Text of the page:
One easy way to check how well a machine head is installed is to loosen all the strings to zero lbs and push on the outboard end of the roller shaft towards the nut. If you see any movement, the install was not perfect and will wear out the gears and inboard bearing prematurely.

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HNLim
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Re: Der Jung tuners are actually good

Post by HNLim » Sun May 06, 2018 3:39 pm

SteveL123 wrote:
Sun May 06, 2018 2:47 pm
While bigger rivet heads may be stronger than smaller ones, I wonder if that was the root cause of the worn out gear on your 1978 Yamaha GC30A? Was just the gear worn or was the bearing that the gear rides on also worn?

One easy way to check how well a machine head is installed is to loosen all the strings to zero lbs and push on the outboard end of the roller shaft towards the nut. If you see any movement, the install was not perfect and will wear out the gears and inboard bearing prematurely.
The smaller rivet head definately is a contributing factor. The posts holding the worm gear is loose.
1980 Yamaha GC30A - BRW/Spruce
2006 Yamaha GC70 - BRW/ Spruce
2015 Sen #5 - BRW/Spruce
2017 LHN - BRW/Spruce

SteveL123
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Re: Der Jung tuners are actually good

Post by SteveL123 » Sun May 06, 2018 3:47 pm

HNLim wrote:
Sun May 06, 2018 3:39 pm
SteveL123 wrote:
Sun May 06, 2018 2:47 pm
While bigger rivet heads may be stronger than smaller ones, I wonder if that was the root cause of the worn out gear on your 1978 Yamaha GC30A? Was just the gear worn or was the bearing that the gear rides on also worn?

One easy way to check how well a machine head is installed is to loosen all the strings to zero lbs and push on the outboard end of the roller shaft towards the nut. If you see any movement, the install was not perfect and will wear out the gears and inboard bearing prematurely.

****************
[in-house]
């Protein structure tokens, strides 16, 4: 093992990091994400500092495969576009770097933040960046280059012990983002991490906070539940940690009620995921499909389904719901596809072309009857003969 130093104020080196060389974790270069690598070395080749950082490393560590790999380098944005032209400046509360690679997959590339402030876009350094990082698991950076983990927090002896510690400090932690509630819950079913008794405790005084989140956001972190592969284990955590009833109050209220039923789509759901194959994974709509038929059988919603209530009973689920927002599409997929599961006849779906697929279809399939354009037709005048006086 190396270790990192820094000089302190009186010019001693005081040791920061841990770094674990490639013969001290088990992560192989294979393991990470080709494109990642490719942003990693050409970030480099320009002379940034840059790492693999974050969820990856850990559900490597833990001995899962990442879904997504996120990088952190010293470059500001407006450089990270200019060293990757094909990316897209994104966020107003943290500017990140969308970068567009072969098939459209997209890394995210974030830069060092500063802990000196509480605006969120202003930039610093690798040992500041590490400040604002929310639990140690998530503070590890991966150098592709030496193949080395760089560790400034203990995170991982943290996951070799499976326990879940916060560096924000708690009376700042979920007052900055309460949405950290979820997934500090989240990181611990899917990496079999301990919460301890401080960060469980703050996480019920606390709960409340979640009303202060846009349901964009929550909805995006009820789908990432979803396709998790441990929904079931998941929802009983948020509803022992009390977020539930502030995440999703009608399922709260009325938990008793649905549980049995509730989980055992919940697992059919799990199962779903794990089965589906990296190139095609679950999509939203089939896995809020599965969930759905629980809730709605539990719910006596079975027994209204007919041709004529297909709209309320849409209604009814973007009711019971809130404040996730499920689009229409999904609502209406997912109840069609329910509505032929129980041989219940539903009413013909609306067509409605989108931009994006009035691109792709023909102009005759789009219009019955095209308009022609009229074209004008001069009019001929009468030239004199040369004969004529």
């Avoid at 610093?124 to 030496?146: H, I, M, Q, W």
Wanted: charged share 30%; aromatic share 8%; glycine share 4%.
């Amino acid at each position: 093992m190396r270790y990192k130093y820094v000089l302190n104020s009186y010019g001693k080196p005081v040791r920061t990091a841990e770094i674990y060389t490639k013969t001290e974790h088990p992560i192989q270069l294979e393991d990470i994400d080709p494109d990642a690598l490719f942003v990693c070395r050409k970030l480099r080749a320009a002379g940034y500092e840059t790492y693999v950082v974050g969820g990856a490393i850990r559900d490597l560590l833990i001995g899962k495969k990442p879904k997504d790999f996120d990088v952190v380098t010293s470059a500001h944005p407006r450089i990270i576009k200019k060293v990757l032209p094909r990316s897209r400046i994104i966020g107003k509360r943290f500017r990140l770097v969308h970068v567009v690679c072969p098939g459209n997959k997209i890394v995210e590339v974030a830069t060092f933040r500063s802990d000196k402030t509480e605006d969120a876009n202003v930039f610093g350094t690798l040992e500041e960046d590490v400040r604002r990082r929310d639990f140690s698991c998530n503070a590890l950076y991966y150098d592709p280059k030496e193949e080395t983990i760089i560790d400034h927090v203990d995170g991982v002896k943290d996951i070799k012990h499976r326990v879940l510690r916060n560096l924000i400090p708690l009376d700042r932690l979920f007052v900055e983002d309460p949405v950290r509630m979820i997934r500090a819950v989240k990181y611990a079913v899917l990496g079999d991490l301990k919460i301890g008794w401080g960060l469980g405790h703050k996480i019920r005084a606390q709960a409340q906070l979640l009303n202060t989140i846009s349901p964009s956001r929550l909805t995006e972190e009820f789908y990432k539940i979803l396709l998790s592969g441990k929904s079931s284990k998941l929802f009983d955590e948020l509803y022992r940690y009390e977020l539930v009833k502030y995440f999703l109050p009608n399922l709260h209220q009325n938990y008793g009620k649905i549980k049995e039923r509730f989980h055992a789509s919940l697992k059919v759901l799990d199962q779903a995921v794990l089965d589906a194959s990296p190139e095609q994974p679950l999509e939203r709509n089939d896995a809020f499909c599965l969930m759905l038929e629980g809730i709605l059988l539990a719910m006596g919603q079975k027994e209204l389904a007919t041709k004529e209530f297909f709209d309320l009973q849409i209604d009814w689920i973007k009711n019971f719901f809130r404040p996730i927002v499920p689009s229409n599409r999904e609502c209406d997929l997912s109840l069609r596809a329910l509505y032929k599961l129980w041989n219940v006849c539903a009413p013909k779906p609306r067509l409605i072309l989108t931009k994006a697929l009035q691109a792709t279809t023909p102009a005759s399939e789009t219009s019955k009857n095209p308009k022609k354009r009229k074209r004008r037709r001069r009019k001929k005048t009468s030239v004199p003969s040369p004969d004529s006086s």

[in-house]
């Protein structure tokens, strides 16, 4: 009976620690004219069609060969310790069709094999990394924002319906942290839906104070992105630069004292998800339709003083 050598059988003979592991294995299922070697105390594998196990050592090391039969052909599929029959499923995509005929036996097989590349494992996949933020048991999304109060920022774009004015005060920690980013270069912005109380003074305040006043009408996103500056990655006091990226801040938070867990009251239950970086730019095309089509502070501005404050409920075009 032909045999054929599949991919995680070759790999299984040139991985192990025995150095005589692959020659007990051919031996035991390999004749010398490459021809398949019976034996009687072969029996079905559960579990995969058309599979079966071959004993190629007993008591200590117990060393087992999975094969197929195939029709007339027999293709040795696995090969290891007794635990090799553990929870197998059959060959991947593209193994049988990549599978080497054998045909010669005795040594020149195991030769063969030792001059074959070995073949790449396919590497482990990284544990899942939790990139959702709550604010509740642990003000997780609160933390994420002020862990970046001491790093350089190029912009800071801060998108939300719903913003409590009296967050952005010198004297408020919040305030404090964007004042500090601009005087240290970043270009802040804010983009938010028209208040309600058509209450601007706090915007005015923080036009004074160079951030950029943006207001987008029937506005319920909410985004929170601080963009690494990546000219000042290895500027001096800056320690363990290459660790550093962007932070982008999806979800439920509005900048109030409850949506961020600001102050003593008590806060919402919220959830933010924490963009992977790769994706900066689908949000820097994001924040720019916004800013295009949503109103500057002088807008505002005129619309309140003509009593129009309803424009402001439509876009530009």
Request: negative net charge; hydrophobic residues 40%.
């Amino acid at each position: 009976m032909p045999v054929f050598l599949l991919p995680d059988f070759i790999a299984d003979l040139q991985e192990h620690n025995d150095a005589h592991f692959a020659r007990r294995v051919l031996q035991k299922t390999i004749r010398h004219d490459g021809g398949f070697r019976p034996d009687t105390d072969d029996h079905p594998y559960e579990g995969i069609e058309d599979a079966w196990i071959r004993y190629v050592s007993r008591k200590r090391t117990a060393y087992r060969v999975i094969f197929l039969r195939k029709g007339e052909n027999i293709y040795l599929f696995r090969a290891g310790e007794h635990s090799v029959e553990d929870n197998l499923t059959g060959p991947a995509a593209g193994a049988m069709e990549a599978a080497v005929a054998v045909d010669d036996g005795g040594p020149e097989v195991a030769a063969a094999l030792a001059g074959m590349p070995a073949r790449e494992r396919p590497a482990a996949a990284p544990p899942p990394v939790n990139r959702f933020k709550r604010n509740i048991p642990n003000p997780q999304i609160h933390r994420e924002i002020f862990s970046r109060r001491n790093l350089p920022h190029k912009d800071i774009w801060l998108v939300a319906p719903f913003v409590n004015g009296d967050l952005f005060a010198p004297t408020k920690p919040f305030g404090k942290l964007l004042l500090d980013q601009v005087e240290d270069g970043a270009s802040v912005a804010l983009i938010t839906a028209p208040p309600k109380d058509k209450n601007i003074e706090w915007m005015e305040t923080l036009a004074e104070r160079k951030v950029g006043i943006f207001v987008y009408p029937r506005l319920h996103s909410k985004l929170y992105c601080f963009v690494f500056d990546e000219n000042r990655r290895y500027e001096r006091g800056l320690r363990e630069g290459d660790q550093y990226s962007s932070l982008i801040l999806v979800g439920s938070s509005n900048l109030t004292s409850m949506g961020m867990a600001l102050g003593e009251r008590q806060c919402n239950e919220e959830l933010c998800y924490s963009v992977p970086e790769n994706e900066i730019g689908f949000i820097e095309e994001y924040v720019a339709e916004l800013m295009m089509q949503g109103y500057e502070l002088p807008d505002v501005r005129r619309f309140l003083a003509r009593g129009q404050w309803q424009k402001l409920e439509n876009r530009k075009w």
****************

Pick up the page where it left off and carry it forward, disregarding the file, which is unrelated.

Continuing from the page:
The smaller rivet head definately is a contributing factor. The posts holding the worm gear is loose.
What I was suggesting was: if the post ( I called it shaft) was not equally supported on the outboard end, it could have been the cause of the loose post, worn gear and loose rivets.

SteveL123
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Re: Der Jung tuners are actually good

Post by SteveL123 » Mon May 14, 2018 3:58 am

Got the Der Jung 102AS-S4 tuners installed. I used epoxy to fill the gap on the nut side of the wood. After it cured, I could not insert the tuners into the hole, which was a good thing. I proceeded to file down the epoxy slowly with a diamond file to fit the bearing races into the epoxy built up holes, which took about an hour. After it was fitted, there was no movement when I wiggled on the roller shaft towards the nut, indicating a good snug fit. These tuners feel very smooth and precise. I hope this work was worth it and these tuners will last a very long time and stay precise.

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Leo
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Re: Der Jung tuners are actually good

Post by Leo » Sun Sep 23, 2018 12:58 am

Got my Der Jung 102G-AS in today to replace tuners that were not working well. So far so good, turn the string very well without any sloppy play like the old ones. With the old ones I would try to tune up to pitch and they would overshoot the pitch and I would need to tune back and forth till I got it right.

I think the 102G-AS and the 102G-AS-S4 are the top of the line for Der Jung. The S4 has bearing system that mine doesn't have, but that is the only difference. They work well and turn the strings very smoothly. Not the most beautiful tuners that I have ever seen, but for 70 dollars they are a good value and look good enough for me.
2012 Hippner, Spruce-birdseye maple